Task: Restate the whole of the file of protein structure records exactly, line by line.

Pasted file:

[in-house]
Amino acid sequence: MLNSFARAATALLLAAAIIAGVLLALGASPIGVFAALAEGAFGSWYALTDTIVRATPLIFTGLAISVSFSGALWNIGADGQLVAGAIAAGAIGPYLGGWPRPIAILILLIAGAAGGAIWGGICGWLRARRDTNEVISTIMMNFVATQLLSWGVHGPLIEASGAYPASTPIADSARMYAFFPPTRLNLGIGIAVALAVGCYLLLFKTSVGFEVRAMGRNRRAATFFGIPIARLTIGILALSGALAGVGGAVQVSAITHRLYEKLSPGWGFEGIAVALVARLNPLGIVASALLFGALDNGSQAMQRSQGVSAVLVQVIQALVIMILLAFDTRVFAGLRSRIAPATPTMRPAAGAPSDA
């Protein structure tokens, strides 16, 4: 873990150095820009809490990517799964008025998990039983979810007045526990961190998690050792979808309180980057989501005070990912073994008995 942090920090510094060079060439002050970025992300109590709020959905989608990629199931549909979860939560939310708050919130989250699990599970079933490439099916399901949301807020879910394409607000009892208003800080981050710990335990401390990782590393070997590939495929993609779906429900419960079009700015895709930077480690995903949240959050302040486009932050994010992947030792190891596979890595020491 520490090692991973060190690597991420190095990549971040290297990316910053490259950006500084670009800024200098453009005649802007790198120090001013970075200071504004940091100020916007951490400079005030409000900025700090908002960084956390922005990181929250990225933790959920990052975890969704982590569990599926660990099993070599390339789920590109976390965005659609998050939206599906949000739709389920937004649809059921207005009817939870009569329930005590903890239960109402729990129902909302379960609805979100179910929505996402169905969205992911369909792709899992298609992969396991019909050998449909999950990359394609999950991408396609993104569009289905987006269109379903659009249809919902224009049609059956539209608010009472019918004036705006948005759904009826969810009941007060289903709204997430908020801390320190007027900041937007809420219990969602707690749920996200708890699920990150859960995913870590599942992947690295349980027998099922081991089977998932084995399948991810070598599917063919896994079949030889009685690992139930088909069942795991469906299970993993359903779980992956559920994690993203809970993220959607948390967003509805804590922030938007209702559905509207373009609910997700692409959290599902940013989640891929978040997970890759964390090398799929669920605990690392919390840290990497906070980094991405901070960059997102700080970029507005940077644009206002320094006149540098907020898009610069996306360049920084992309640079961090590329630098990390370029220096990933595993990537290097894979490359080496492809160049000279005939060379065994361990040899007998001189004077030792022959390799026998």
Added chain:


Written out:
[in-house]
Amino acid sequence: MLNSFARAATALLLAAAIIAGVLLALGASPIGVFAALAEGAFGSWYALTDTIVRATPLIFTGLAISVSFSGALWNIGADGQLVAGAIAAGAIGPYLGGWPRPIAILILLIAGAAGGAIWGGICGWLRARRDTNEVISTIMMNFVATQLLSWGVHGPLIEASGAYPASTPIADSARMYAFFPPTRLNLGIGIAVALAVGCYLLLFKTSVGFEVRAMGRNRRAATFFGIPIARLTIGILALSGALAGVGGAVQVSAITHRLYEKLSPGWGFEGIAVALVARLNPLGIVASALLFGALDNGSQAMQRSQGVSAVLVQVIQALVIMILLAFDTRVFAGLRSRIAPATPTMRPAAGAPSDA
């Protein structure tokens, strides 16, 4: 873990150095820009809490990517799964008025998990039983979810007045526990961190998690050792979808309180980057989501005070990912073994008995 942090920090510094060079060439002050970025992300109590709020959905989608990629199931549909979860939560939310708050919130989250699990599970079933490439099916399901949301807020879910394409607000009892208003800080981050710990335990401390990782590393070997590939495929993609779906429900419960079009700015895709930077480690995903949240959050302040486009932050994010992947030792190891596979890595020491 520490090692991973060190690597991420190095990549971040290297990316910053490259950006500084670009800024200098453009005649802007790198120090001013970075200071504004940091100020916007951490400079005030409000900025700090908002960084956390922005990181929250990225933790959920990052975890969704982590569990599926660990099993070599390339789920590109976390965005659609998050939206599906949000739709389920937004649809059921207005009817939870009569329930005590903890239960109402729990129902909302379960609805979100179910929505996402169905969205992911369909792709899992298609992969396991019909050998449909999950990359394609999950991408396609993104569009289905987006269109379903659009249809919902224009049609059956539209608010009472019918004036705006948005759904009826969810009941007060289903709204997430908020801390320190007027900041937007809420219990969602707690749920996200708890699920990150859960995913870590599942992947690295349980027998099922081991089977998932084995399948991810070598599917063919896994079949030889009685690992139930088909069942795991469906299970993993359903779980992956559920994690993203809970993220959607948390967003509805804590922030938007209702559905509207373009609910997700692409959290599902940013989640891929978040997970890759964390090398799929669920605990690392919390840290990497906070980094991405901070960059997102700080970029507005940077644009206002320094006149540098907020898009610069996306360049920084992309640079961090590329630098990390370029220096990933595993990537290097894979490359080496492809160049000279005939060379065994361990040899007998001189004077030792022959390799026998």
Added chain: